Stem cells, which resemble white blood cells with very small nuclei and cytoplasm, have the capacity to differentiate into any of the mature blood cells. Very primitive, pleuripotent stem cells have the capability of differentiation into other cell types, such as heart and nerve, as well.(1) Since 1968, stem cells in bone marrow have been used in treatment of leukemias, lymphomas, and immune deficiency disorders.(2) More recently, cord blood and peripheral blood stem cells have been utilized. Currently, the main sources for stem cells are bone marrow, cord blood, and peripheral blood.
Chemotherapy and radiation used in cancer therapy have an adverse effect on bone marrow. Stem cells have been used to repopulate a patient’s bone marrow subsequent to high-dose chemotherapy or radiation treatments. The choice of the source of stem cells is often based on such factors as the health of the bone marrow cells or the difficulty of stem cell collection. For example, harvesting stem cells from the bone marrow may require general anesthesia. Peripheral blood stem cells are collected, over several days, by the apheresis process. Also, if the patient’s bone marrow contains cancerous cells, sometimes healthy cells may be obtained from peripheral blood. Often the stem cells, regardless of source, are frozen for future cellular transplantation. Upon thawing, these cells must be assayed for both percentage viability and concentration.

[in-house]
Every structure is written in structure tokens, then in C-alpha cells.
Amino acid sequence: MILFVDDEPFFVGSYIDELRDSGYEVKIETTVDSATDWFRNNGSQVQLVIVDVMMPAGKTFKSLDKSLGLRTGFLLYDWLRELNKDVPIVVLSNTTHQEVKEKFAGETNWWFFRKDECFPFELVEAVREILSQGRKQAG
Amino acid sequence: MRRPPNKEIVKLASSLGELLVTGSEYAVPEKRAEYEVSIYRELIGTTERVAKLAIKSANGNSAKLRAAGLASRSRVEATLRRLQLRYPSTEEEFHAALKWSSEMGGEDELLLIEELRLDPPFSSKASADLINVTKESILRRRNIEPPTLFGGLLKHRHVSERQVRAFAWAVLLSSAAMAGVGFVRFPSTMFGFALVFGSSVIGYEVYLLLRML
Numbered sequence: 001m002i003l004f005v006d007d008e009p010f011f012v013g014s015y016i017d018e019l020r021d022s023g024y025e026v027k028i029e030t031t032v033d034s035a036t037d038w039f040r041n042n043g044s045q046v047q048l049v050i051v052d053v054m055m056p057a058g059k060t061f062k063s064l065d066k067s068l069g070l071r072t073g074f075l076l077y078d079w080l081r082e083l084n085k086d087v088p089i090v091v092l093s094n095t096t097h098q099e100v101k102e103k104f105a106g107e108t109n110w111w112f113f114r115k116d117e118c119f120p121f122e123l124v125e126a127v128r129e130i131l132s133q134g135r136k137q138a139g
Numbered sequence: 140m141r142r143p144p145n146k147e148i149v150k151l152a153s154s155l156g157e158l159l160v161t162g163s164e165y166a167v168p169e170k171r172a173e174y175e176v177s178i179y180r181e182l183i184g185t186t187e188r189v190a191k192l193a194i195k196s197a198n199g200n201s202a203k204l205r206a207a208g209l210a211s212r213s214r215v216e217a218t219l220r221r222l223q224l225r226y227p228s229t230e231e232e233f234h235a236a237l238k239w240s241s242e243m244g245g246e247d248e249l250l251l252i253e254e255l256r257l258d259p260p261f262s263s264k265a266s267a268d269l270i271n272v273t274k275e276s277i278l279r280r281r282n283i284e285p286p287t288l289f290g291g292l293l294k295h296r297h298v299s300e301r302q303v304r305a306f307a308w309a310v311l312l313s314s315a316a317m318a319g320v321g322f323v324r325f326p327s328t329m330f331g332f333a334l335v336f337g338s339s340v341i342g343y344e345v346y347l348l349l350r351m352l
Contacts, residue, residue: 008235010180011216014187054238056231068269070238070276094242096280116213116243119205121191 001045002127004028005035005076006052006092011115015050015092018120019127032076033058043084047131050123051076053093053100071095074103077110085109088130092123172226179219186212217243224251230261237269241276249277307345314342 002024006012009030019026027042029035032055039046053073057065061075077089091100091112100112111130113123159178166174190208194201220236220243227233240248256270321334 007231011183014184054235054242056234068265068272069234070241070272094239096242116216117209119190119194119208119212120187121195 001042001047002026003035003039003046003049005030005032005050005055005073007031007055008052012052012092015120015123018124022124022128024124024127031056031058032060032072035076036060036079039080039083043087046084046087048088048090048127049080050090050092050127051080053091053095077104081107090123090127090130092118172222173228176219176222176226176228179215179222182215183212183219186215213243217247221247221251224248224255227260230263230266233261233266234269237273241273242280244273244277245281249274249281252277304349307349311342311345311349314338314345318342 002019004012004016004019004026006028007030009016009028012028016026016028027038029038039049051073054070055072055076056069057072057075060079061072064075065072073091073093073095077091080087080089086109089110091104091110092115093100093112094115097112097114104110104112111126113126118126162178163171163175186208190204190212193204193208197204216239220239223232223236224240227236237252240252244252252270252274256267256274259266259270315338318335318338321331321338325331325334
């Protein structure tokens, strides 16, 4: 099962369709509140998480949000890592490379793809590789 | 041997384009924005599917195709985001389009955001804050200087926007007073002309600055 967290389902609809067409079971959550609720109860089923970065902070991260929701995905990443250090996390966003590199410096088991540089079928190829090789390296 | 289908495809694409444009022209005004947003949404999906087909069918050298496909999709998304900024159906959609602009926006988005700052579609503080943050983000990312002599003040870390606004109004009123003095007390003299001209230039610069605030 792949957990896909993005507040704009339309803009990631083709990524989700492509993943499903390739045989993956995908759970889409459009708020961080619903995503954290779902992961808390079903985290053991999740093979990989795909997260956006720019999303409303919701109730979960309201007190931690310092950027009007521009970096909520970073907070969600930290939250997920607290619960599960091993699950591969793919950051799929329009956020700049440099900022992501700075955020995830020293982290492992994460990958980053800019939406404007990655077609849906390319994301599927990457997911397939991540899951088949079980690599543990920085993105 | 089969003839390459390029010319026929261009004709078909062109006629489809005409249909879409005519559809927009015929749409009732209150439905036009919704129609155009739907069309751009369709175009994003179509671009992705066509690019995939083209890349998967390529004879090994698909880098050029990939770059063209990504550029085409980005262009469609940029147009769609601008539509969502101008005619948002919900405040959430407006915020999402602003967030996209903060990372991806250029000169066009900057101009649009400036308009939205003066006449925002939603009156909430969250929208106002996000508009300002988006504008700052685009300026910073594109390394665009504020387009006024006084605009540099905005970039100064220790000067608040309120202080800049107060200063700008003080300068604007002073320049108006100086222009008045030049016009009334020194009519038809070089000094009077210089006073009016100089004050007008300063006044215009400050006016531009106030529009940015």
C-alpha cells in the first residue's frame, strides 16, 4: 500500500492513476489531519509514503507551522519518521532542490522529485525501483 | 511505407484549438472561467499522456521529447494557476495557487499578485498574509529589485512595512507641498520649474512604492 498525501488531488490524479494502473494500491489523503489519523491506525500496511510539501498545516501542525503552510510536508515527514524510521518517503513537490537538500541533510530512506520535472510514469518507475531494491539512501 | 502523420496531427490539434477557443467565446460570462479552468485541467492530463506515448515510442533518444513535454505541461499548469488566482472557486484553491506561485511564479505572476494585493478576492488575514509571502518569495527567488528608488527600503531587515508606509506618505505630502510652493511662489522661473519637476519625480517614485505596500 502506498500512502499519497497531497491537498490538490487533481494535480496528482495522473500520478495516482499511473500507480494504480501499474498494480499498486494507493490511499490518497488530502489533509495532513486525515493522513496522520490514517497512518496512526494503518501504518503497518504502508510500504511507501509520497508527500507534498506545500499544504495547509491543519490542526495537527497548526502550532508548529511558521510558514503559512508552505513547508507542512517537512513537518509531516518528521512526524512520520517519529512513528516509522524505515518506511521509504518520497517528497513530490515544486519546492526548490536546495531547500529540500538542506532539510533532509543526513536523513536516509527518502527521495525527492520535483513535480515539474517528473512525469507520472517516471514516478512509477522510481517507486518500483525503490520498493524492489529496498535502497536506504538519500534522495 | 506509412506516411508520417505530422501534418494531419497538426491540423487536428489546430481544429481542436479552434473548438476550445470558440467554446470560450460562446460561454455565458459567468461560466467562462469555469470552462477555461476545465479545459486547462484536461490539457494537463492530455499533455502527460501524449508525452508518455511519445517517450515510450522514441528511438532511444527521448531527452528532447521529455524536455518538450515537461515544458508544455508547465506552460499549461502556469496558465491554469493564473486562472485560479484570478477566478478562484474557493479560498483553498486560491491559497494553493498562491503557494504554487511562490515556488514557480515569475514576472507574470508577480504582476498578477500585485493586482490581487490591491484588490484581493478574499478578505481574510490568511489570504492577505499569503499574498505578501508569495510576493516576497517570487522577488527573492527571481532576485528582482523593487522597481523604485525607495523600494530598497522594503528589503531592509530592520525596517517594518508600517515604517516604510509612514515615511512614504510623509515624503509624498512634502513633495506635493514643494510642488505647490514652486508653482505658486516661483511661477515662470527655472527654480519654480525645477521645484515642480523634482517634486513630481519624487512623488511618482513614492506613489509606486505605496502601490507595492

Many facilities employ the manual, trypan blue method for these measurements. The Beckman Coulter Vi-CELL™ XR (Figure 1) automates the manual trypan blue vital dye cell viability method. The instrument removes the subjective variation among operators inherent in manual cell enumeration using a microscope. This Application Bulletin demonstrates that stem cell percentage viability and concentration, from the above-mentioned sources, may be measured accurately and precisely using the Beckman Coulter Vi-CELL XR.